St. Michael, MN
GARRISON KEILLOR and some friends from Prairie Home Poetry, Stories, and Classic Duets Featuring: Prudence Johnson Bob Douglas and Adam Granger Dan Chouinard, music director CHANGE: JULY 4, 2021, 4:00 PM Le Musique Music Room 4300 O’Day Ave. NE, St. Michael, MN 55376 $42/$15 Due to the extreme heat, we have moved this concert […]
GARRISON KEILLOR and some friends from Prairie Home Poetry, Stories, and Classic Duets Featuring: Prudence Johnson Bob Douglas and Adam Granger Dan Chouinard, music director July 2, 2021, 7:30 PM BIG TOP CHAUTAUQUA, BAYFIELD, WI Reserved $60/$52/$42 SOLD OUT Live Stream available (only 7/2 7:30PM) The Lake Superior Big Top Chautauqua is a 900-seat […]
Just Added: Stillwater, MN 6-29
GARRISON KEILLOR and some friends from Prairie Home Poetry, Stories, and Classic Duets Featuring: Prudence Johnson Bob Douglas and Adam Granger Dan Chouinard, music director JUST ADDED June 29, 2021, 5:30 PM – 8:30 PM THE AVALON, STILLWATER, MN St. Croix Boat & Packet Co., 525 Main Street South, Stillwater, MN 55082 DINNER, CRUISE, […]
Las Vegas, NV
May 20, 2020
Garrison Keillor hits Las Vegas with a new solo show!
by Kenneth Ronkowitz
Here in the Cathedral of the Sacred Heart,
I use the rosary beads to count the minutes.
How many times will they pass through my fingers
before we can leave?
Suddenly, at the top of the sky blue dome
amidst painted clouds,
a sparrow beats its wings
at a stained glass window.
All the windows are closed.
How did it enter?
Its wings touch the red glass in disbelief.
The people who looked up,
now stare down in shame.
The priest does not seem to know it is there.
But I cannot take my eyes from it.
My fingers work the beads,
prayers flying through my head
as fast as my heart is beating,
trapped within me,
some shame –
because I know I cannot free him
because I know I brought him here.
“Shame” by Kenneth Ronkowitz. Used with permission of the author.
It’s the birthday of Henry Adams, (books by this author) born in Boston (1838). He wrote a nine-volume History of the United States During the Administrations of Jefferson and Madison and biographies of George Cabot Lodge and Albert Gallatin. But he is best known for his autobiographical The Education of Henry Adams.
He wrote about Robert E. Lee, “I disagree with my brother Charles and Theodore Roosevelt. I think that Lee should have been hanged. It was all the worse that he was a good man and a fine character and acted conscientiously. These facts have nothing to do with the case and should not have been allowed to interfere with just penalties. It’s always the good men who do the most harm in the world.”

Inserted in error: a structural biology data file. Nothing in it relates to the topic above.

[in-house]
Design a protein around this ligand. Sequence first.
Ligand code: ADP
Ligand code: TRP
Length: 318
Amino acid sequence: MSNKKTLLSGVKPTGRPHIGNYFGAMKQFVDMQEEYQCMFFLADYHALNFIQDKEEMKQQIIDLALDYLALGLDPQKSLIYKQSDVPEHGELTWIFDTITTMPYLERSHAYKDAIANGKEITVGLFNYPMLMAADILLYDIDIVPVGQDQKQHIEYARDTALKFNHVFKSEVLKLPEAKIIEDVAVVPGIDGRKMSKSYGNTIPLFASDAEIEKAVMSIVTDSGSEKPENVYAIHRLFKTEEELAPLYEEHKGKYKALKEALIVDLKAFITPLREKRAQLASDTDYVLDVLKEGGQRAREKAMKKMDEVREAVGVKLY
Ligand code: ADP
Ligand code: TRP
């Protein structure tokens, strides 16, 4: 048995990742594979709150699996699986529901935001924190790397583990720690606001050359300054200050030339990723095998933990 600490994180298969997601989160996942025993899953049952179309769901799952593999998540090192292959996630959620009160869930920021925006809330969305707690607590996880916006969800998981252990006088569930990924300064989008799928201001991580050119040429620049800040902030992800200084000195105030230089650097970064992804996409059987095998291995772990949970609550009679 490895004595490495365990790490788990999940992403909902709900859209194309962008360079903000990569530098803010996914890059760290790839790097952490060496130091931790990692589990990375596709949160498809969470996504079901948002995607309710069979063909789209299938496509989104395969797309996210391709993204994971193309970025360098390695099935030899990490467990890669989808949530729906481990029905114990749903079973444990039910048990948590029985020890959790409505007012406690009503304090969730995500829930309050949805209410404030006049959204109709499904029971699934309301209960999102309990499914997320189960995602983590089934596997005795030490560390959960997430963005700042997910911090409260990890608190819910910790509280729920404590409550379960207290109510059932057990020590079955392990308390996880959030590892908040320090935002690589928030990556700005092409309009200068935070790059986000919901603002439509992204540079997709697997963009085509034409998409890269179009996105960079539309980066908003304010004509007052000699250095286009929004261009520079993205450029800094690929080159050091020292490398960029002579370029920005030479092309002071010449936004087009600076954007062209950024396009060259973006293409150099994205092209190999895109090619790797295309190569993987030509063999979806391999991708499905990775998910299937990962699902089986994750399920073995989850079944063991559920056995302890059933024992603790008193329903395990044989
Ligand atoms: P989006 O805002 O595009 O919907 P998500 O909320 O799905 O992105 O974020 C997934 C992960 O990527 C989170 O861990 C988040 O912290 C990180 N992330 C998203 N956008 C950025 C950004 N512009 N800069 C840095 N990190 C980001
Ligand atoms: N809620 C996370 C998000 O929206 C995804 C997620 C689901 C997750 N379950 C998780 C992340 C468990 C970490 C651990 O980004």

When he was eight, his father had a heart attack, and he died from a second heart attack when Richard was 16. For much of his childhood, Ford went back and forth between Mississippi and Little Rock, Arkansas, where his grandmother lived with her second husband, a former prizefighter, and ran a hotel. Ford said, “I did everything in the hotel. I worked in it and I played in it. A lot of things go on in great big hotels, behind closed doors, and I saw behind those doors.”
After high school, he went to Michigan State University to study hotel management and then switched to English. After college, he tried to work for the Arkansas State Police, but he was rejected. Then he got discharged from the Marines because he had hepatitis. He tried law school — his plan was to be a lawyer for the Marine Corps, and then work for the FBI — but he didn’t like it, and he dropped out. Unsure of what to do next, he decided to give writing a try.
His first novel was A Piece of My Heart (1976) and then published The Sportswriter (1986), the first of his trilogy about Frank Bascombe, a novelist-turned-sportswriter-turned-realtor from New Jersey.
Ford did a book signing for The Sportswriter at Lemuria Books in Jackson, and not many people turned up besides some of his old neighbors. He said: “Suddenly I looked up and there was Eudora. She’d driven over to the bookstore. She had a deep voice — and I’m making her sound more imperious than she was; she was very sweet — but she said, ‘Well, I just had to come pay my respects.'” Ford and Welty became good friends, and when Welty died in 2001, at the age of 92, Ford was a pallbearer at her funeral. He was also her literary executor.
It was on this day in 1978 that social networking got its start when the first public, dial-up Computerized Bulletin Board System (CBBS) went online in Chicago, Illinois. In those days, the Internet was in its infancy, not available to most computer users. Two computer hobbyists, Ward Christiansen and Randy Seuss, got the idea to create a virtual message board where CBBS members could dial into the system using a telephone modem and post notes to each other in the same way a family might communicate by sticking messages to a corkboard using pushpins. It was the beginning of social networking.
On this date in 1937, Wallace Carothers and DuPont Chemical Company were granted a patent for the synthetic polymer called nylon.